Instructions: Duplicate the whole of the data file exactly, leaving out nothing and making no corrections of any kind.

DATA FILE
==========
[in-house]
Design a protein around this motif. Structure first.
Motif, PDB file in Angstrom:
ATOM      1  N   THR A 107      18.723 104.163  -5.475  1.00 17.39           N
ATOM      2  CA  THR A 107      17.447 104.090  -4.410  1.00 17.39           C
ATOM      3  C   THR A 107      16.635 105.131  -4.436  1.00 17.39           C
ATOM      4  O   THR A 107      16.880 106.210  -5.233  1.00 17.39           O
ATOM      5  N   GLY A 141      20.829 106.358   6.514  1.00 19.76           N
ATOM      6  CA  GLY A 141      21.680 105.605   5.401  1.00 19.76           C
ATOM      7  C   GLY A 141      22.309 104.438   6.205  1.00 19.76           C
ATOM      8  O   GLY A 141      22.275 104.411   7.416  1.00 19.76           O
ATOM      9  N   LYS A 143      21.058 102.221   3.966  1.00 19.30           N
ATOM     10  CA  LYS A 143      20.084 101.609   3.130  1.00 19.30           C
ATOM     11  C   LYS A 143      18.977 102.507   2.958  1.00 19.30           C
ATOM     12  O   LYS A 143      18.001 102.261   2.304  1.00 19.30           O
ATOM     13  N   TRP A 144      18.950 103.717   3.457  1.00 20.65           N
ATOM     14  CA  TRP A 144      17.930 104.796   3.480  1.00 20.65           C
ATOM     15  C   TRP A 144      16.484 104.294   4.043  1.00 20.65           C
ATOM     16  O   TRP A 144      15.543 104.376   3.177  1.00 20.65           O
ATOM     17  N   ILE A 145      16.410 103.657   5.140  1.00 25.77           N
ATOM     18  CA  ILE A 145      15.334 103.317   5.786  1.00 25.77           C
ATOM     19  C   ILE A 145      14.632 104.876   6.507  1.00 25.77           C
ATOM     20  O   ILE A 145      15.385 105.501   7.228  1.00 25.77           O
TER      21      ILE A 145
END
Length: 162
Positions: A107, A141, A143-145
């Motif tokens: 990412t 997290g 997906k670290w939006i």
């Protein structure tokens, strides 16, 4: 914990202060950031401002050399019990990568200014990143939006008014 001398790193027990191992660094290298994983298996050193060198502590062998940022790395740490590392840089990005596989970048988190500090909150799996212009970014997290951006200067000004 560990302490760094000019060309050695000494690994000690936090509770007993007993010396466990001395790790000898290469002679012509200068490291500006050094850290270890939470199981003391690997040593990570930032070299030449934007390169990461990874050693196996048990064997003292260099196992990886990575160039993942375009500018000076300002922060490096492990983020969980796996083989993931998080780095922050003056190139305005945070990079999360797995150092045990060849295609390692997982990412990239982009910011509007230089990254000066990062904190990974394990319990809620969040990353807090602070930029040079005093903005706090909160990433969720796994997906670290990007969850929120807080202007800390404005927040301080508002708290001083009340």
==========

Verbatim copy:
[in-house]
Design a protein around this motif. Structure first.
Motif, PDB file in Angstrom:
ATOM      1  N   THR A 107      18.723 104.163  -5.475  1.00 17.39           N
ATOM      2  CA  THR A 107      17.447 104.090  -4.410  1.00 17.39           C
ATOM      3  C   THR A 107      16.635 105.131  -4.436  1.00 17.39           C
ATOM      4  O   THR A 107      16.880 106.210  -5.233  1.00 17.39           O
ATOM      5  N   GLY A 141      20.829 106.358   6.514  1.00 19.76           N
ATOM      6  CA  GLY A 141      21.680 105.605   5.401  1.00 19.76           C
ATOM      7  C   GLY A 141      22.309 104.438   6.205  1.00 19.76           C
ATOM      8  O   GLY A 141      22.275 104.411   7.416  1.00 19.76           O
ATOM      9  N   LYS A 143      21.058 102.221   3.966  1.00 19.30           N
ATOM     10  CA  LYS A 143      20.084 101.609   3.130  1.00 19.30           C
ATOM     11  C   LYS A 143      18.977 102.507   2.958  1.00 19.30           C
ATOM     12  O   LYS A 143      18.001 102.261   2.304  1.00 19.30           O
ATOM     13  N   TRP A 144      18.950 103.717   3.457  1.00 20.65           N
ATOM     14  CA  TRP A 144      17.930 104.796   3.480  1.00 20.65           C
ATOM     15  C   TRP A 144      16.484 104.294   4.043  1.00 20.65           C
ATOM     16  O   TRP A 144      15.543 104.376   3.177  1.00 20.65           O
ATOM     17  N   ILE A 145      16.410 103.657   5.140  1.00 25.77           N
ATOM     18  CA  ILE A 145      15.334 103.317   5.786  1.00 25.77           C
ATOM     19  C   ILE A 145      14.632 104.876   6.507  1.00 25.77           C
ATOM     20  O   ILE A 145      15.385 105.501   7.228  1.00 25.77           O
TER      21      ILE A 145
END
Length: 162
Positions: A107, A141, A143-145
């Motif tokens: 990412t 997290g 997906k670290w939006i």
């Protein structure tokens, strides 16, 4: 914990202060950031401002050399019990990568200014990143939006008014 001398790193027990191992660094290298994983298996050193060198502590062998940022790395740490590392840089990005596989970048988190500090909150799996212009970014997290951006200067000004 560990302490760094000019060309050695000494690994000690936090509770007993007993010396466990001395790790000898290469002679012509200068490291500006050094850290270890939470199981003391690997040593990570930032070299030449934007390169990461990874050693196996048990064997003292260099196992990886990575160039993942375009500018000076300002922060490096492990983020969980796996083989993931998080780095922050003056190139305005945070990079999360797995150092045990060849295609390692997982990412990239982009910011509007230089990254000066990062904190990974394990319990809620969040990353807090602070930029040079005093903005706090909160990433969720796994997906670290990007969850929120807080202007800390404005927040301080508002708290001083009340």